Illegal crayfish on the rise in the UK

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Are you keeping an illegal crayfish? If you are, you risk a visit from the authorities to have your livestock confiscated. As a retailer, if you’re caught with the wrong species, you could lose your license to import any livestock at all, writes Nathan Hill.

The legal one

If you’re living in England or Wales there is one species of Crayfish you are allowed to keep for ornamental reasons— the Australian redclaw, sometimes called the Blue lobster, Cherax quadricarinatus. Which is pictured below.

Illegal crayfish on the rise in the UK

That’s it. That’s the only one. A general license was issued under The Prohibition of Keeping of Live fish (Crayfish) Order 1996, which allowed the keeping of this species ornamentally within heated indoor aquaria only.

If you’re in Scotland it’s even simpler. There are NO ornamental freshwater lobsters or crayfish you are allowed to keep. Different legislation there prohibits them entirely.

The Australian redclaw is an obvious enough species to identify with a dappled blue shell and red (sometimes faded to orange) outer claws. This crayfish is a tropical-only species unable to breed if released into UK waterways, and is not known as a carrier of crayfish plague — in fact it is susceptible to it, as is our native White-clawed crayfish.

You can find a handy guide to identifying Redclaw crayfish on the OATA site right here: CLICK HERE

The illegal ones

The most common illegal species appearing in retailers is the Red swamp crayfish (usually offered just as Red crayfish/lobster), Procambarus clarkii. These Mexican/Southern USA crayfish are able to survive and reproduce in native waters in the UK, with feral populations being known at several sites in London. As well as carrying crayfish plague, they are vectors for a number of parasitic worms, as well as crayfish virus.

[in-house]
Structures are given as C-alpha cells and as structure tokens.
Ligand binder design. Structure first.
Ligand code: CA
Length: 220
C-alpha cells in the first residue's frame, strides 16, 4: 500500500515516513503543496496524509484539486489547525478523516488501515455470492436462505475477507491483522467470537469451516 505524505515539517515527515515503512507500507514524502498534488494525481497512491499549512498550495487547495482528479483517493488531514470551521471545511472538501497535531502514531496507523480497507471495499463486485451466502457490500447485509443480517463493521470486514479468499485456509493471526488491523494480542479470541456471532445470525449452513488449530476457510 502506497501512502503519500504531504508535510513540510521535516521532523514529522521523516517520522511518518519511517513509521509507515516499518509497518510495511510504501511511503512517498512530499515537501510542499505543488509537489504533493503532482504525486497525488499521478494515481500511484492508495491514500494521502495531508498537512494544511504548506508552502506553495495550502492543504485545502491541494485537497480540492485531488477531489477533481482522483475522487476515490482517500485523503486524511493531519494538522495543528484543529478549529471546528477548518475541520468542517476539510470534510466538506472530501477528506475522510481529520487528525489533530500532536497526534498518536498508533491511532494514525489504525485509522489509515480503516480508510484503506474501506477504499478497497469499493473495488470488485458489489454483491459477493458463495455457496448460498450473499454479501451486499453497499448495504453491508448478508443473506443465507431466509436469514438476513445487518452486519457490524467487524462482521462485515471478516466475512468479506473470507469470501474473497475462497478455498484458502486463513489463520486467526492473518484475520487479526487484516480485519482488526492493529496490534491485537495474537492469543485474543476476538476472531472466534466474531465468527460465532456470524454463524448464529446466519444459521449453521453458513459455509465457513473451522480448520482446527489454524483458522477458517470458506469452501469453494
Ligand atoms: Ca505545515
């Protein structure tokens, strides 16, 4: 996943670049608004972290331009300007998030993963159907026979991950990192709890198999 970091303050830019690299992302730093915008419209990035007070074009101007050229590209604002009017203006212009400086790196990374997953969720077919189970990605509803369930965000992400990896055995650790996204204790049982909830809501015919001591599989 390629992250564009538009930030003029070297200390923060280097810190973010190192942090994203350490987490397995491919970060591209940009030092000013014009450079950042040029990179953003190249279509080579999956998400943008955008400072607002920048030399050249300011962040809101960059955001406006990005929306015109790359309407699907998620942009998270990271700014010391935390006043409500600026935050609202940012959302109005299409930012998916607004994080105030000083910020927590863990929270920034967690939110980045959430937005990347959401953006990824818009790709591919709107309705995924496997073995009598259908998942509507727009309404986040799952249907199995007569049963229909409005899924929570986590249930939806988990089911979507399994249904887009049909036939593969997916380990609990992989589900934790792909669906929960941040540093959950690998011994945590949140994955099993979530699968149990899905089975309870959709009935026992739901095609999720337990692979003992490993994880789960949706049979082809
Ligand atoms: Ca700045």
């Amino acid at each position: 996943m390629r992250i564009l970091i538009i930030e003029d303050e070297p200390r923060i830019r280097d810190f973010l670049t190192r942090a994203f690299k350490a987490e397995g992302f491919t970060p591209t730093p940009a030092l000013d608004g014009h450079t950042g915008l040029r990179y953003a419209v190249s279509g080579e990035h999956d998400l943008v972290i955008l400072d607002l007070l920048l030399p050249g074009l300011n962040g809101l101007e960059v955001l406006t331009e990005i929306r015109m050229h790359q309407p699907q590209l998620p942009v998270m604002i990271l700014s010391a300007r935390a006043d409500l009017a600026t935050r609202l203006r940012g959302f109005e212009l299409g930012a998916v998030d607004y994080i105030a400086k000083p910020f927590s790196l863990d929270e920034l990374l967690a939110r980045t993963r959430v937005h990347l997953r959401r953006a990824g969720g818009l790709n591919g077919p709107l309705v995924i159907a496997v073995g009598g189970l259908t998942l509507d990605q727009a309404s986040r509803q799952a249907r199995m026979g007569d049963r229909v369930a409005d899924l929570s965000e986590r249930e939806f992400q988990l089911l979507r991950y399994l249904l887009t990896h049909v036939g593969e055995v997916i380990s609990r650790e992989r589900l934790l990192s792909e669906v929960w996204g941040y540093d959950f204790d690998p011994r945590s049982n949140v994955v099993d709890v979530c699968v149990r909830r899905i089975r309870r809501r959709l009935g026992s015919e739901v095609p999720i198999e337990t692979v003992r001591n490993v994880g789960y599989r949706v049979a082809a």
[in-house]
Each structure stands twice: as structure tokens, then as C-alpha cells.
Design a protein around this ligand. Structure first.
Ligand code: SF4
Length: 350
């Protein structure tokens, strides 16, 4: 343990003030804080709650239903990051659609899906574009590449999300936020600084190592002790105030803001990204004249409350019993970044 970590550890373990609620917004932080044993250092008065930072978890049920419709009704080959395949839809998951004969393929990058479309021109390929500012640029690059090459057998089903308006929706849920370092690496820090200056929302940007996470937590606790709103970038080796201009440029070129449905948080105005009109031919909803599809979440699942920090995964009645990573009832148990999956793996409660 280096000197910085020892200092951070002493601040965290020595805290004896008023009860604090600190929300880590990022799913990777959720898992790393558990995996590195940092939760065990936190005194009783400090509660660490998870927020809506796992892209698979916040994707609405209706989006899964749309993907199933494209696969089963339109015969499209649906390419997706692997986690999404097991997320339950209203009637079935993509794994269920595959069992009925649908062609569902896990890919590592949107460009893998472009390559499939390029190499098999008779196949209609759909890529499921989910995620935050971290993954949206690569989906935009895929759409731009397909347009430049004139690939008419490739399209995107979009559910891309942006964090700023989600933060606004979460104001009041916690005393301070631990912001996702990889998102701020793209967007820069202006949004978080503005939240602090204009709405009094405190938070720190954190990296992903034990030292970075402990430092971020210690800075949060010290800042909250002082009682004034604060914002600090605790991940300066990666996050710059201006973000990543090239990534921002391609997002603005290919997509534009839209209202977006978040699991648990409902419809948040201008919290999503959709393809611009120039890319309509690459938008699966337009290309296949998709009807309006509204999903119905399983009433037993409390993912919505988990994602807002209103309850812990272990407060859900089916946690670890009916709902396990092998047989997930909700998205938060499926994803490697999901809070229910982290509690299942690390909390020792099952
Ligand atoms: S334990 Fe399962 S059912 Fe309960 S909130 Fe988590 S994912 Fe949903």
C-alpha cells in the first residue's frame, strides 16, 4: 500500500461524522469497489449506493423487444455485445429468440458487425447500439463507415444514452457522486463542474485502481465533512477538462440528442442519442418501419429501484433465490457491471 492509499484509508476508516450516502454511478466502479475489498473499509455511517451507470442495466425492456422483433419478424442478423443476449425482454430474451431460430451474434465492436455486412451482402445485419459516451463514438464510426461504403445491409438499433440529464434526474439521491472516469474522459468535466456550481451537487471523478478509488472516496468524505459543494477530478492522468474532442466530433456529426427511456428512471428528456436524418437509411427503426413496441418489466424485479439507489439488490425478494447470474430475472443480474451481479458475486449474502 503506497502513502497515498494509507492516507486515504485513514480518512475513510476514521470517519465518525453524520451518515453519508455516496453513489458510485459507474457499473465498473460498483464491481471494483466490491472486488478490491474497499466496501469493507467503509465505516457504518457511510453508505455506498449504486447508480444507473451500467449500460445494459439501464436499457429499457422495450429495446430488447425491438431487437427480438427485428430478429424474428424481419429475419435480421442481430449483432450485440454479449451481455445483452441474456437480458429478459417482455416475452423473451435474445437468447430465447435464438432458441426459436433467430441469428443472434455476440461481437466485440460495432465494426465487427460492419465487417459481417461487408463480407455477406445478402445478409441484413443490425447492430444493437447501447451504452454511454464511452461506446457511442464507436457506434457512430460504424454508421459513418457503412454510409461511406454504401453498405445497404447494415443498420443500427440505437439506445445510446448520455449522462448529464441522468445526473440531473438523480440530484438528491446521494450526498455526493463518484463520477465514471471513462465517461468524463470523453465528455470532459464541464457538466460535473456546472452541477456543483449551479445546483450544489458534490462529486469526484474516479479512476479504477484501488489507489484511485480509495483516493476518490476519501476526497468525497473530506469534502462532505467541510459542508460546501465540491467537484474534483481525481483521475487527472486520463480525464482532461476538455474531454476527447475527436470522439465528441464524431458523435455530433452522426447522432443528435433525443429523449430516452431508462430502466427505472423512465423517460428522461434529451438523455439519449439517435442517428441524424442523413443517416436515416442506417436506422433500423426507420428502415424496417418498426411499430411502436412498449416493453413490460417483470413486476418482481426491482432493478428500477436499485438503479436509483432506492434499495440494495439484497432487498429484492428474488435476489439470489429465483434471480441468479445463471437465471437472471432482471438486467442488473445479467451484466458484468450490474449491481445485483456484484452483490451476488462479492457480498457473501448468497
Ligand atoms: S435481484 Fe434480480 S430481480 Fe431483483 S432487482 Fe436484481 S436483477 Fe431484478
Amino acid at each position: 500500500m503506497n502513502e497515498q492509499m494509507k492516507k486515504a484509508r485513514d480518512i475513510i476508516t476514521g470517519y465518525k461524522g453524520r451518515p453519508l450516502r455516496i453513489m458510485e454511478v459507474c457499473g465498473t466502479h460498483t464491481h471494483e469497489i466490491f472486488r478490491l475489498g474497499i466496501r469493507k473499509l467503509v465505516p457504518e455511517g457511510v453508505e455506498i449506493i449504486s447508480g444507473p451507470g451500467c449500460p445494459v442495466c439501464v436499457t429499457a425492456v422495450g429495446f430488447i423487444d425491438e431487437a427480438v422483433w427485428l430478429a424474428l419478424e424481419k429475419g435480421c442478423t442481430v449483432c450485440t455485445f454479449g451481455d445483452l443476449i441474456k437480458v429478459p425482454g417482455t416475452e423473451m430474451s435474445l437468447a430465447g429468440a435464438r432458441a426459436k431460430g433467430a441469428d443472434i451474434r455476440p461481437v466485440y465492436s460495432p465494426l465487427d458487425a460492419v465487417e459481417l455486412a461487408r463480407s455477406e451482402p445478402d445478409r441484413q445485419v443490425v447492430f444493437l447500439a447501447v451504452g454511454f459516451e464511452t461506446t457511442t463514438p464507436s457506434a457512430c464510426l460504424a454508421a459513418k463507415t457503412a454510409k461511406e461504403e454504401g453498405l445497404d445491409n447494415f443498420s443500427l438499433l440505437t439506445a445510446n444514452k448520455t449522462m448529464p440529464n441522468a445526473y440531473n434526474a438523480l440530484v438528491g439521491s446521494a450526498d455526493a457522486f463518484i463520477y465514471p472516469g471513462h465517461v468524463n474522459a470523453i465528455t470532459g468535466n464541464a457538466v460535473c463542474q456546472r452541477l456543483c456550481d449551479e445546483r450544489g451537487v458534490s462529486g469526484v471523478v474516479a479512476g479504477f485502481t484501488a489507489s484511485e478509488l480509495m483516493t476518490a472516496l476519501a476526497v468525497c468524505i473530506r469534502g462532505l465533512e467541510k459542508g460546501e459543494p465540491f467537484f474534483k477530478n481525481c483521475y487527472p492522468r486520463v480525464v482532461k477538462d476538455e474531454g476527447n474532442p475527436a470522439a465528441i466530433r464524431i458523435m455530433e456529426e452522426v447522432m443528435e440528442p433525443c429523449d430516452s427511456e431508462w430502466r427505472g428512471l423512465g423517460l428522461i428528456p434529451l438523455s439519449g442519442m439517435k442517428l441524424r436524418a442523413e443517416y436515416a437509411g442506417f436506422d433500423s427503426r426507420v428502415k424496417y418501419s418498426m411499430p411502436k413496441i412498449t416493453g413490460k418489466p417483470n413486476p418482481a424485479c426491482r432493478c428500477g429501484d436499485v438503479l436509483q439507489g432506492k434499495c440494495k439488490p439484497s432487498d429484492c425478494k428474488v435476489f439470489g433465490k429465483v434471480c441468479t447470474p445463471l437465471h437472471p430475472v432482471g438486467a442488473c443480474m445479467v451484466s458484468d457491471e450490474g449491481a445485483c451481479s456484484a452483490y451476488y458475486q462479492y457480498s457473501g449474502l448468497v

While the majority of Red swamp crayfish have stark red bodies (see below), there are also blue and orange variants, as well as a snow-white variant.

Illegal crayfish on the rise in the UK

Another species appearing is the Marbled crayfish, Procambarus sp. This crayfish is immediately recognisable for its mottled brown shell (see below), which the Australian red-claw never possesses. This species is thought to be a form of the North American slough crayfish, Procambarus fallax. This species is able to reproduce without a male present, using asexual, parthenogenetic reproduction. Like the Red swamp crayfish, this species carries crayfish plague, although feral UK populations aren’t known at this time.

Illegal crayfish on the rise in the UK

The law and you

As a hobbyist or retailer, keeping these crayfish could land you in hot water. While there is a loophole that allows for these animals to be kept in secured conditions in restaurants, markets and hotels, these are restricted to instances of the crayfish being intended for direct human consumption.

In some cases, individual licenses have been granted for educational, scientific or farming purposes, but only in secure facilities where the animals are unable to escape and access to them is limited.

What does this mean to you as a hobbyist if you have one at home? You need to report it to the Fish Health Inspectorate (FHI) either by emails on fhi@cefas.co.uk, or telephone 01305 206700. They will then seize the animal and take it away.

If you are found to be in possession of illegal crayfish and haven’t notified the FHI of them, they can and will still be seized.

What does this mean to you as a wholesaler or livestock importer? If you sell illegal crayfish your stock will be seized and you will be issued a warning. A repeat offence will lead to a final warning, and a third offence could lead to the FHI/CEFAS suspending or removing your authorisation to import and trade in all species.

On top of that, you may face a possible fine (the ILFA schedule shows that the maximum fine for illegal crayfish importation can be up to £2500).

The FHI can then interrogate your records to ascertain exactly where crayfish have been sold to before more formal warnings are issued.

Note that at a retail level, ignorance is no defence. While the FHI understand that some crayfish are difficult to speciate, and while they also understand that it is possible to order one thing from an importer/wholesaler and receive something else, they also stress that information and ID sheets are available to the industry.

If you have accidentally traded in these species, you must also alert any customers who have purchased them that they cannot keep them.

In brief

Do not buy any red, white or marbled crayfish (in England and Wales)

Do not buy any crayfish at all (in Scotland)

Report any red, white or marbled crayfish you see to the FHI on 01305 206700, or fhi@cefas.co.uk

Do not release ANY crayfish into native waters